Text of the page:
Rusted Root Brings Its Spontaneity to Syracuse

rusted root

It’s not unusual for Rusted Root frontman Michael Glabicki to erupt into laughter mid-show. The outburst is likely the result of an unscripted performance by one of his bandmates. The group’s unlimited variation in instrumentation and interpretation mean that even tunes they’ve been belting out since the mid-1990s are spontaneous and energized.

Upstate New York has benefited from the group’s Pittsburgh roots. Rusted Root has given repeat performances at Rochester’s Lilac Festival, the 1911 Tasting Room at the Beak & Skiff, as well as Syracuse’s Westcott Theater, where they will be doing a show December 28. Glabicki says that because of the number of fans in the area, it feels like a second home.

The band’s first big success was their album When I Woke, which went platinum in 1994. The wildly popular single “Send Me on My Way” has been featured television shows, films (including Matilda and Ice Age), and commercials since it was released in 1995. They’ve since released another six studio albums, and one live album.

The group, multi-instrumentalists with unlimited musical influences, uses up to 62 instruments during a show. Founder and frontman Glabicki, plus bassist/vocalist Patrick Norman, and vocalist/percussionist Liz Berlin, have been driving Rusted Root for more than two and a half decades. Guitarist Dirk Miller joined them about 10 years ago. New to the group is drummer Zil Fessler. Says Glabicki, “He’s been with us just a few months, but it feels like many years. He is a kind of mad scientist behind the kit with some really unique feels to the groove.”

The music explores African, Latin American, Hebrew, Native American, bluegrass, and more. As the band’s primary songwriter, Glabicki says, “Sometimes I have a strong idea of how I want the parts to piece together, but I wait and see what the band naturally gravitates toward first.”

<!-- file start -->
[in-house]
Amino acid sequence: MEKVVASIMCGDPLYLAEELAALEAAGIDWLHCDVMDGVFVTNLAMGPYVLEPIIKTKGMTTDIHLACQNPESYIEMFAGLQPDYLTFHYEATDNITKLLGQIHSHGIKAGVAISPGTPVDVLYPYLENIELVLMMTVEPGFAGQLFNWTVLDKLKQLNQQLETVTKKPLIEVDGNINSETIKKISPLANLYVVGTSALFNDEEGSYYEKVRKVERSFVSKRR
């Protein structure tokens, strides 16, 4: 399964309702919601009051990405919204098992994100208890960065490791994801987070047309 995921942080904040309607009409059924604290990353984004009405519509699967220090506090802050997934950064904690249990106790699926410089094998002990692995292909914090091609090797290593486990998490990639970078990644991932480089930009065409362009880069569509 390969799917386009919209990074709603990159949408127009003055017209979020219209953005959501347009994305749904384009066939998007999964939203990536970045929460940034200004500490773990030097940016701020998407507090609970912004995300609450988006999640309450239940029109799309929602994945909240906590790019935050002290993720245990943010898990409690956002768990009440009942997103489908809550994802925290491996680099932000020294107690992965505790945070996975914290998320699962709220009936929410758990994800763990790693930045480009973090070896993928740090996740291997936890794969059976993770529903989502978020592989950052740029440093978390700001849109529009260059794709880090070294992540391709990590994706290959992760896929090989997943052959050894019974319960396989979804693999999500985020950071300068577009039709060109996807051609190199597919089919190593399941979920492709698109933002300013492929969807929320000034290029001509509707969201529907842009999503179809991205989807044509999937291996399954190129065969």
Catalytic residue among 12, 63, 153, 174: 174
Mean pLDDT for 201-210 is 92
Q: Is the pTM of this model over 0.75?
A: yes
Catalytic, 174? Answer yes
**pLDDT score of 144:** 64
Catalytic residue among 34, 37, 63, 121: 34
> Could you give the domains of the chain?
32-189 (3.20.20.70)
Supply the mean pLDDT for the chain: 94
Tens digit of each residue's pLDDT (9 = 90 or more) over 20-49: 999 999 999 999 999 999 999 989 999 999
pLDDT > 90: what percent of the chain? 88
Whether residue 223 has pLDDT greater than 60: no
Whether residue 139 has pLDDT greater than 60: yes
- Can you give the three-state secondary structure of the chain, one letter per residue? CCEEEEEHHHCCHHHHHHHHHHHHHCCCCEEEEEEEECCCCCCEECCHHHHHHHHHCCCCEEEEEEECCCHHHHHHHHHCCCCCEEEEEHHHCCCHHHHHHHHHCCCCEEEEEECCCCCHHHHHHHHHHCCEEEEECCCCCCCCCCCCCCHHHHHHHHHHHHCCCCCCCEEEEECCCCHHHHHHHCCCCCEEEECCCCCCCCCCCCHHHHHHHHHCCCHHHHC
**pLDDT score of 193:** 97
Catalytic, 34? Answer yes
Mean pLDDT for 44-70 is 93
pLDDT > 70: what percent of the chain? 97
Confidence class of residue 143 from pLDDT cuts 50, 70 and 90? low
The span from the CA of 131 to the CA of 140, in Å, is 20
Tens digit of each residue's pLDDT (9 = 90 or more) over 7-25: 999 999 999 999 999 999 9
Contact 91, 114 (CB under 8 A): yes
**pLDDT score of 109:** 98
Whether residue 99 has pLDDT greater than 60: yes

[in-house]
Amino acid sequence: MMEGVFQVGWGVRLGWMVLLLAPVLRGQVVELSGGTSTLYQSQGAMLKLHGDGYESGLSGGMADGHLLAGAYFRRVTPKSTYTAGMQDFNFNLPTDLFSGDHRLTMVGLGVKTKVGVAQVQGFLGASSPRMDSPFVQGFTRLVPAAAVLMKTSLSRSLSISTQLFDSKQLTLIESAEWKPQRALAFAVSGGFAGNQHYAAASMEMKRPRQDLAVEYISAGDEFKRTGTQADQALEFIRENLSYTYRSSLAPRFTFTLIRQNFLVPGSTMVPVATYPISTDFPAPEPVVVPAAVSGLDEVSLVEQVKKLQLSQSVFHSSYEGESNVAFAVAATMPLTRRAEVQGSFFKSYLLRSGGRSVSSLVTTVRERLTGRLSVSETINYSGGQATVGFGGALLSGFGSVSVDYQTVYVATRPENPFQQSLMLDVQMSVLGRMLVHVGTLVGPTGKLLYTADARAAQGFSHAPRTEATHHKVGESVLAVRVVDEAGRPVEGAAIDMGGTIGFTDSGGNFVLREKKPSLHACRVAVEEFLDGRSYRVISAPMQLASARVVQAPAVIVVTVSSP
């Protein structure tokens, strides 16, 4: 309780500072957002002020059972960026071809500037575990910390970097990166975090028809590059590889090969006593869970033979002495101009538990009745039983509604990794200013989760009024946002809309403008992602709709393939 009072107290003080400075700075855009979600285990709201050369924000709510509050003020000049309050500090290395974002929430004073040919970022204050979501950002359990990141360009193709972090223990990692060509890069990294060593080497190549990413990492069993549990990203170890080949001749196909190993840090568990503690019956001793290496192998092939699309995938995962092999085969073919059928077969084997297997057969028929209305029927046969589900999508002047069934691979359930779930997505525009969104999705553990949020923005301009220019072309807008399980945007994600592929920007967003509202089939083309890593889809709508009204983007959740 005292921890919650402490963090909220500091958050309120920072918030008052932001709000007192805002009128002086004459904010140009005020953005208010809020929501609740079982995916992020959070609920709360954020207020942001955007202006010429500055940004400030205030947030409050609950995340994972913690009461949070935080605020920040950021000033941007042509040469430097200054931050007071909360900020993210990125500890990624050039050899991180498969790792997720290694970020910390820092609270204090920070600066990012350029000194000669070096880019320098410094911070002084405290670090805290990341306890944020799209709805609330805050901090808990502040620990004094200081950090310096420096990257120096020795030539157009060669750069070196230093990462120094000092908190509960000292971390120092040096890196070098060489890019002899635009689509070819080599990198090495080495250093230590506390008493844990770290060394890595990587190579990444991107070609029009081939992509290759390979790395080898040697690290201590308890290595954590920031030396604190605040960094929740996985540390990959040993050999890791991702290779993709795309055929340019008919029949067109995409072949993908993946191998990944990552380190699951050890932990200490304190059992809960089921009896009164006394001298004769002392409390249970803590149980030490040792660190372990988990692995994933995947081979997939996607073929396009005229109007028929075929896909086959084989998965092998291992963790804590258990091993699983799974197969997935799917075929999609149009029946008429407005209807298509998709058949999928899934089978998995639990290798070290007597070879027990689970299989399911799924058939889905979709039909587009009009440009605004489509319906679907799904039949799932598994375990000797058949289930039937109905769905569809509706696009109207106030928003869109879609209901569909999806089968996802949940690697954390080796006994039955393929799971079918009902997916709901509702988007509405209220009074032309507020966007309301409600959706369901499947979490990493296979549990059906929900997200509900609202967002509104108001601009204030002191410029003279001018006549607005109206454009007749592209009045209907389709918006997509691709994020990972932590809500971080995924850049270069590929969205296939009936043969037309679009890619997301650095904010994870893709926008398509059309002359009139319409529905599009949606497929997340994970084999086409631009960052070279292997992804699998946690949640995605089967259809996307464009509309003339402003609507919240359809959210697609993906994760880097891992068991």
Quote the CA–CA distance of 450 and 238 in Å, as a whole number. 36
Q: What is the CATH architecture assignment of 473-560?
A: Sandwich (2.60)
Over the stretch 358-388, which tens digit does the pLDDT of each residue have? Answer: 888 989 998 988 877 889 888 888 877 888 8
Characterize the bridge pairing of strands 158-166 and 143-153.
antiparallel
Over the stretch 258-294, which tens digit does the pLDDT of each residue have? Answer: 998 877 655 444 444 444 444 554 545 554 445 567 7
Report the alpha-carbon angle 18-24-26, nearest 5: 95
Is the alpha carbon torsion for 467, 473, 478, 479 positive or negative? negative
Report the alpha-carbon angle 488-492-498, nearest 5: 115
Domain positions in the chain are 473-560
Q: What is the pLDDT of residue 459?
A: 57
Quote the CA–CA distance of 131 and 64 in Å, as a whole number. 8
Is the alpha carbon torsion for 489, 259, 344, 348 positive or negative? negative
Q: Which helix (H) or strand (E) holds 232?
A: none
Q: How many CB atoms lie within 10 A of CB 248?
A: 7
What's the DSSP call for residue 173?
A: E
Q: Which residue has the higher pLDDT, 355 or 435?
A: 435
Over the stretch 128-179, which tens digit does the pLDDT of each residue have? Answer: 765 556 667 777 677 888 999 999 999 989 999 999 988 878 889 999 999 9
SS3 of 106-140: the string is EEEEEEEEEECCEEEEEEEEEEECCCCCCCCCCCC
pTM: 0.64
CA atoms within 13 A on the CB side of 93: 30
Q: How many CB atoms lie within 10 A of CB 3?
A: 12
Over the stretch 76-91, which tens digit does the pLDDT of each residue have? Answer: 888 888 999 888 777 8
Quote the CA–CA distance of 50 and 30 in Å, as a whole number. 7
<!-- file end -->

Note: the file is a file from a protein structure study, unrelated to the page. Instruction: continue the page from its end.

Taking an intelligent and creative approach to leadership, he harnesses the power of meditation both to help with songwriting and to enhance performances. “I write my best stuff around water—sometimes in the bath,” he confesses. “The songwriting process really is a meditation. Sometimes I play a riff over and over for weeks, sometimes years, until a song unfolds.”

“The most amazing thing about music is that it can bring to the surface an alternate reality,” he explains. “Meditating before a show can set, intensify, and focus the ‘revealing,’ even though you are not quite sure what the revealing is.”

He goes on to say that acceptance is key to any successful show, “Accept the space you are playing, which sometimes means enjoy the music seeping into your exhaustion. Sometimes people try too hard to act differently from how the feel and miss the train.”

Rusted Root tries to tune in psychically to the vibe in the audience, he says, “It is a communal experience after all. We create the crowd. No two nights are the same. It is fun because I am surprised several times during our show—breaking out in laughter—by what is happening musically. Sometimes I just smile big and think: wow, we’ve never done that before.”

The band’s popularity over more than 20 years has seen them touring alongside acts like Santana, Dave Matthews Band, and The Allman Brothers Band. Glabicki says one of his most memorable experiences was the Robert Plant and Jimmy Page reunion tour.

“Opening up for Plant and Page was a look into another time,” says Glabicki. “At each show some other great artist or band would be backstage to hang out and catch the show. Playing in London at Wembley, back stage someone ran past me, jumped up, and got Robert in a headlock. Security came flying in till they realized it was Van Morrison!”

Glabicki advises that communication is key to creating the harmony and cohesiveness that allow a group to stick together, remain friends, and tap into spontaneous onstage energy. “Harmony in a group occurs only when there are enough boundaries in place for everyone to be happy, calm, and creative; a leader needs to communicate clearly what is happening and not happening on all levels.”

About Cherie Yurco

Cherie Yurco is an editor at Making Music and has worked as a freelance editor and writer for 20 years. She’s written about topics from travel to business, in Asia, Europe, and the US. When she settled near Syracuse, she rediscovered her passion for photography. She especially likes photographing musicians caught lost in their music. Cherie also enjoys exploring, photographing, and writing about music-related destinations around the country. Visit her blog at http://musicalcities.com.

Leave a Reply

*